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Normally in nature no creature has more than one tail. Not so in fiction.
Any creature at all can have more than one tail, often to establish its other-worldliness. Sometimes the tails look like they might come from different creatures entirely. Usually such a creature is some form of supernatural or semi-divine spirit being, elemental or demon.
The tail might split partway along into two or more tips, or there might be more than one complete tail springing directly from the base of the spine.
, most instances of which will fall under this trope. Doesn't have anything to do with Twin Tails
Very rarely, animals are born with extra limbs, tails included. For example, here's a twin-tailed cat found in Canada
Anime and Manga
- Kuro the demon cat from Blue Exorcist has two tails of the split version.
- In Naruto, there are nine tailed beasts, with the Kyubi no Yoko, his real name Kurama, being the strongest of the nine. Each was a creation of the primordial Ten-Tailed beast which was created by Kaguya Otutsuki to retrieve her chakra from her sons.
- Moro, the female Wolf God that raised San in Princess Mononoke had a two-pronged split-tail.
- Yami to Boushi to Hon no Tabibito stars two kitsunes, one with nine tails and one with just three.
- The Seth Animal, the creature that the Egyptian god Seth is supposed to have the head of, has a forked tail.
- Youkai especially are known for having multiple tails, the most famous example being the Kitsune, which is depicted with up to nine tails. The Nekomata is another commonly portrayed multi-tailed youkai, which has the appearance of a two-tailed cat. Aside from the Nekomata and Kitsune, there are other Youkai with multiple tails. The Isonade is a giant shark with three tails (one larger and barbed), the Orochi is a giant serpent with eight (or possibly infinite) heads and sometimes the same number of tails, and the Raiju, or Thunderbeast, is depicted as various animals, sometimes described with multiple tails. One particularly powerful nekomata is described as having seven tails rather than two, a result of its great age.
- Dungeons & Dragons. The demon lord Demogorgon has two tails. The Warped Beasts also have multiple, flail-like tails.
- In Kitsune: Of Foxes and Fools the players are Kitsune (duh) who are awarded additional tails by the kitsune elders for tricking sinful mortals. The first one to get nine tails wins.
- "Twin Tailed" is a possible morphism in the furry sci-fi RPG Hc Svnt Dracones, it's considered one of the more "attractive" morphisms and many Vectors have tails surgically added to mimic them. In fact it's so common among Canidae that true twin tails are assumed to have had surgery and take a social penalty among their own kind.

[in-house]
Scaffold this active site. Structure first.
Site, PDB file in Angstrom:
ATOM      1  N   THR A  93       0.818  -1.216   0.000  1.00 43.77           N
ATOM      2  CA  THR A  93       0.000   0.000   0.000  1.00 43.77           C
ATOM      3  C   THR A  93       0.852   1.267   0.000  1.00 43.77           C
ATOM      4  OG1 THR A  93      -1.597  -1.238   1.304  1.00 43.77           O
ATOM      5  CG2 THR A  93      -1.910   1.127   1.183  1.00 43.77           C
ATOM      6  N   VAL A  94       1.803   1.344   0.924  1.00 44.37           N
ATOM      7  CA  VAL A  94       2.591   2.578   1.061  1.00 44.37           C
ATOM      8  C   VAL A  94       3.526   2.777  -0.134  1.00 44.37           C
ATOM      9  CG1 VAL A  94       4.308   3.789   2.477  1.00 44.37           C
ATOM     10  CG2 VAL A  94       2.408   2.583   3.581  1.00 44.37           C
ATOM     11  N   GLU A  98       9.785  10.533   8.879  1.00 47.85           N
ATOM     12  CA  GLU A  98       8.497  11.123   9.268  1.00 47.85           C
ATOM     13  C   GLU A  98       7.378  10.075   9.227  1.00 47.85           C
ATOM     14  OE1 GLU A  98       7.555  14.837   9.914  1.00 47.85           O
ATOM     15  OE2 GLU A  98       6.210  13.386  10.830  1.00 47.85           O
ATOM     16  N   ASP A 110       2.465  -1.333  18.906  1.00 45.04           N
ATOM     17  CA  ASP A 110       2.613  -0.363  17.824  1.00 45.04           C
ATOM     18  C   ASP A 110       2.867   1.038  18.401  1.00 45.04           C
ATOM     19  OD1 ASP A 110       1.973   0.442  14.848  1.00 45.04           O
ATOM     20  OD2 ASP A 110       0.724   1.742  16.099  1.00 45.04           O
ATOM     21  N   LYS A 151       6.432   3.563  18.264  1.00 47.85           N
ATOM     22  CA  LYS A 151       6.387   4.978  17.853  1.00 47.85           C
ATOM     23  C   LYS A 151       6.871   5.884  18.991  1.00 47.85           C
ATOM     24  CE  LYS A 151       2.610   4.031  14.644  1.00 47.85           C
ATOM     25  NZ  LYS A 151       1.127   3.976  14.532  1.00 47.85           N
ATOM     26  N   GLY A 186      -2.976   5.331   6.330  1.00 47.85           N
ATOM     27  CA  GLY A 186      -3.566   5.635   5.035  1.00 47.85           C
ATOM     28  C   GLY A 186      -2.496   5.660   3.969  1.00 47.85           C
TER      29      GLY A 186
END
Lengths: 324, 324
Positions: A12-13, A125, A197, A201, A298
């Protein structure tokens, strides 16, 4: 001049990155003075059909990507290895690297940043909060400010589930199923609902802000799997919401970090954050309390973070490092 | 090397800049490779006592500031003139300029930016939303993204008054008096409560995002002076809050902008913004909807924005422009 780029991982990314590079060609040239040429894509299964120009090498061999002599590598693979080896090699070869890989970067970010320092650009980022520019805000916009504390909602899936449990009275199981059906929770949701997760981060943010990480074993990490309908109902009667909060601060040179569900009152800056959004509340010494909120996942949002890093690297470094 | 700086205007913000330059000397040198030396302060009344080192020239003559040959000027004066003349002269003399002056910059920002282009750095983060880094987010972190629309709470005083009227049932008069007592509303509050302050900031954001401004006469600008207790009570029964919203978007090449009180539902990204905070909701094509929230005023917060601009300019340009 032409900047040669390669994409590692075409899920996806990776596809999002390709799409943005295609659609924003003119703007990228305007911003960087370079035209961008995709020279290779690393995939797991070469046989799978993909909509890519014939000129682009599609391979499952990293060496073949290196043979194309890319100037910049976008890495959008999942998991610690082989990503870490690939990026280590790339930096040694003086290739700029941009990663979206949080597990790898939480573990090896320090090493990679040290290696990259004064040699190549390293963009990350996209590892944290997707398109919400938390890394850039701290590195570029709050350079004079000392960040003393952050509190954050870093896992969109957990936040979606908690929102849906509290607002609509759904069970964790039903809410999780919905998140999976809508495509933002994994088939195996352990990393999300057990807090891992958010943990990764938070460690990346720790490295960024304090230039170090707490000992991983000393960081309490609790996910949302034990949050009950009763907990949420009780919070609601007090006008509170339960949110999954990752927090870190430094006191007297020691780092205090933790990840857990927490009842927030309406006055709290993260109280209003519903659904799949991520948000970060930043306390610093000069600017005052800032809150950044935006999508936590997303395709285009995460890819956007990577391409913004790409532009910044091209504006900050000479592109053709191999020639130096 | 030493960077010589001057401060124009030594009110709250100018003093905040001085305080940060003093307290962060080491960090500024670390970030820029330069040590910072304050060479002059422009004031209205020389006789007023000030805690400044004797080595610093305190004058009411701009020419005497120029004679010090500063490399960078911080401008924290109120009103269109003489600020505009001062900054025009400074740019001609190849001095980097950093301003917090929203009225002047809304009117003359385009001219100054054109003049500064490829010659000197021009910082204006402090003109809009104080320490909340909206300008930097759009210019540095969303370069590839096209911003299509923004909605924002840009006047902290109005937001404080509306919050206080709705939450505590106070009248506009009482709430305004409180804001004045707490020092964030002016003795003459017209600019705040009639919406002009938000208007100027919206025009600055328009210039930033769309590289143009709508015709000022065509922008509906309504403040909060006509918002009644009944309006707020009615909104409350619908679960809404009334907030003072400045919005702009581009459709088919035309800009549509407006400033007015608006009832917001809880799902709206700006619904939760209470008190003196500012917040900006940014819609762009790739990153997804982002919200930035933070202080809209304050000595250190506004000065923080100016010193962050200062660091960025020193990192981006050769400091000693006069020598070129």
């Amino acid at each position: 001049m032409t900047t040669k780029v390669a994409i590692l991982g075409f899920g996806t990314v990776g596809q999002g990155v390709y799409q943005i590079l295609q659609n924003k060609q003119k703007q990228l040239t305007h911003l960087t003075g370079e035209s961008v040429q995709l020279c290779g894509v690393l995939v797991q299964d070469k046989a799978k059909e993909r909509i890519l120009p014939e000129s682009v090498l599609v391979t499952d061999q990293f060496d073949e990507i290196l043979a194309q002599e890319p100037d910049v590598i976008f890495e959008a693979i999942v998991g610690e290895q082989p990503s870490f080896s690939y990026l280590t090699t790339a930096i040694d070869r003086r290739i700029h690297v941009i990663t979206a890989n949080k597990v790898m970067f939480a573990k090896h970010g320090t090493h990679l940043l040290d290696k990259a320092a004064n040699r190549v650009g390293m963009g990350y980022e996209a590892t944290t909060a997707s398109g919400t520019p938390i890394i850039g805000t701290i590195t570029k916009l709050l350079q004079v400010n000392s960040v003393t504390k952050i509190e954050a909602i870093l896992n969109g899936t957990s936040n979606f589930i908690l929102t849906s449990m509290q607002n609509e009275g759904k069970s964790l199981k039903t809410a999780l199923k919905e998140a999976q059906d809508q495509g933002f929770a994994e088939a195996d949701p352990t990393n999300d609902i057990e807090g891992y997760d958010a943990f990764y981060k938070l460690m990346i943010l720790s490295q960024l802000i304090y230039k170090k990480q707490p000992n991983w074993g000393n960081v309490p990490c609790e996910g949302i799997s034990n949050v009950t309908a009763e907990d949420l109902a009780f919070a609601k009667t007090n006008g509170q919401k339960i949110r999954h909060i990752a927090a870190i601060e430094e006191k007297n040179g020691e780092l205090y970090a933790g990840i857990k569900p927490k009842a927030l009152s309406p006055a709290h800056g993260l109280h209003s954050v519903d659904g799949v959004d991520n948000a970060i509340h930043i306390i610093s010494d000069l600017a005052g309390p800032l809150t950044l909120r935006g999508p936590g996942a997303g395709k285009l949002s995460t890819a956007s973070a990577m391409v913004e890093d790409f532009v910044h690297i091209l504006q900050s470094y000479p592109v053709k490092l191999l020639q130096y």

- Magic: The Gathering. The first generation of Slivers possessed a serpentine body that split into two or more prehensile tails. In their latest appearance, said tails appear to have evolved into legs. Their new humanoid shape comes as a bit of a shock, but considering their predilection for spontaneously sprouting all manner of extra appendages, legs are small time.
- Many species in Pokémon have multiple tails, such as Vulpix (six), Ninetales (obvious), Tauros (three). Espeon has a forked tail with two tips, as do Uxie, Mesprit, and Azelf. Buizel and Floatzel have two (they even use them as propellers), as well as Ambipom, Electivire and Meowstic. There are also some ambiguous cases such as Grovyle (which has branching fern leaves for a tail) and Suicune (which has two ribbons for a tail).
- Miles "Tails" Prower in the Sonic the Hedgehog series has two tails, and frequently uses them to helicopter around. As a nod to folklore concerning Japanese kitsune, he is the smartest character in canon and employs lots of transforming or disguised machinery as weapons and transportation.
- In the video games of Harry Potter, there are several references to the Gytrash, which are ghostly dogs with forked tails. The gytrash is a creature in English folklore, though only the Harry Potter games describe it with a forked tail.
- Touhou, with its focus on youkai, unsurprisingly has this. There are Ran, a nine-tailed kitsune, Chen, a twin-tailed nekomata, and, somewhat oddly, Orin, a kasha, who looks just like a nekomata despite the fact that they're mythologically unrelated.
- League of Legends has Ahri, the Nine-Tailed Fox. Her lore is clearly inspired by the Gumiho (Korean version of the Kitsune mythology).
- Chimaeras, the two-headed dragons(?) from Warcraft also have two tails. This partially helps to differentiate them from their Draenor counterpart, the Rylak.